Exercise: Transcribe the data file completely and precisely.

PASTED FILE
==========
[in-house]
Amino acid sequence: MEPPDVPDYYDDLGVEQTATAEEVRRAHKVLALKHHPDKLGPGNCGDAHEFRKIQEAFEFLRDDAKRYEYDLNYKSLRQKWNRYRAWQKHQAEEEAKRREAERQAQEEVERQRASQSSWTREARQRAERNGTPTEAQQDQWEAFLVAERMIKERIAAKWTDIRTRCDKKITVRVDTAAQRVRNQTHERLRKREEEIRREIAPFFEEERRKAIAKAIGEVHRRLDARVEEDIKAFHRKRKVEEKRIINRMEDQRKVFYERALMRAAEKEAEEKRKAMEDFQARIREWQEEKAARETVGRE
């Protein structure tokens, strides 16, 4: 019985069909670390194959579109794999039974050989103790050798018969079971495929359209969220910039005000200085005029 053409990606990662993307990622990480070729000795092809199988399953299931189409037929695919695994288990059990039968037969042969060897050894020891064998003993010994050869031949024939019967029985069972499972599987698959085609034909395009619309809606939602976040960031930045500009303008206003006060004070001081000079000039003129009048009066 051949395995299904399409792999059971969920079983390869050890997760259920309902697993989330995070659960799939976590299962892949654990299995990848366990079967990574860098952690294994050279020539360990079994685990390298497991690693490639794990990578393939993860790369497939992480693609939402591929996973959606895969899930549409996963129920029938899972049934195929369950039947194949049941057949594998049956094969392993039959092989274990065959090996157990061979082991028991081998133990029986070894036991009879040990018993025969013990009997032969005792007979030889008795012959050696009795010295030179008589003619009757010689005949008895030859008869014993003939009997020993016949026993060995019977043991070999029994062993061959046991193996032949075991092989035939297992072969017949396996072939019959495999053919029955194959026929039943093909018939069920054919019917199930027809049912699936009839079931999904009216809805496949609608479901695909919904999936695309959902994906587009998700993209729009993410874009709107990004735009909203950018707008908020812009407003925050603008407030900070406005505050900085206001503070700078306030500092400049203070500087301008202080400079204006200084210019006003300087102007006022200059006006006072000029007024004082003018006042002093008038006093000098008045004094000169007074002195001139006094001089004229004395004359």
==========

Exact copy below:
[in-house]
Amino acid sequence: MEPPDVPDYYDDLGVEQTATAEEVRRAHKVLALKHHPDKLGPGNCGDAHEFRKIQEAFEFLRDDAKRYEYDLNYKSLRQKWNRYRAWQKHQAEEEAKRREAERQAQEEVERQRASQSSWTREARQRAERNGTPTEAQQDQWEAFLVAERMIKERIAAKWTDIRTRCDKKITVRVDTAAQRVRNQTHERLRKREEEIRREIAPFFEEERRKAIAKAIGEVHRRLDARVEEDIKAFHRKRKVEEKRIINRMEDQRKVFYERALMRAAEKEAEEKRKAMEDFQARIREWQEEKAARETVGRE
């Protein structure tokens, strides 16, 4: 019985069909670390194959579109794999039974050989103790050798018969079971495929359209969220910039005000200085005029 053409990606990662993307990622990480070729000795092809199988399953299931189409037929695919695994288990059990039968037969042969060897050894020891064998003993010994050869031949024939019967029985069972499972599987698959085609034909395009619309809606939602976040960031930045500009303008206003006060004070001081000079000039003129009048009066 051949395995299904399409792999059971969920079983390869050890997760259920309902697993989330995070659960799939976590299962892949654990299995990848366990079967990574860098952690294994050279020539360990079994685990390298497991690693490639794990990578393939993860790369497939992480693609939402591929996973959606895969899930549409996963129920029938899972049934195929369950039947194949049941057949594998049956094969392993039959092989274990065959090996157990061979082991028991081998133990029986070894036991009879040990018993025969013990009997032969005792007979030889008795012959050696009795010295030179008589003619009757010689005949008895030859008869014993003939009997020993016949026993060995019977043991070999029994062993061959046991193996032949075991092989035939297992072969017949396996072939019959495999053919029955194959026929039943093909018939069920054919019917199930027809049912699936009839079931999904009216809805496949609608479901695909919904999936695309959902994906587009998700993209729009993410874009709107990004735009909203950018707008908020812009407003925050603008407030900070406005505050900085206001503070700078306030500092400049203070500087301008202080400079204006200084210019006003300087102007006022200059006006006072000029007024004082003018006042002093008038006093000098008045004094000169007074002195001139006094001089004229004395004359």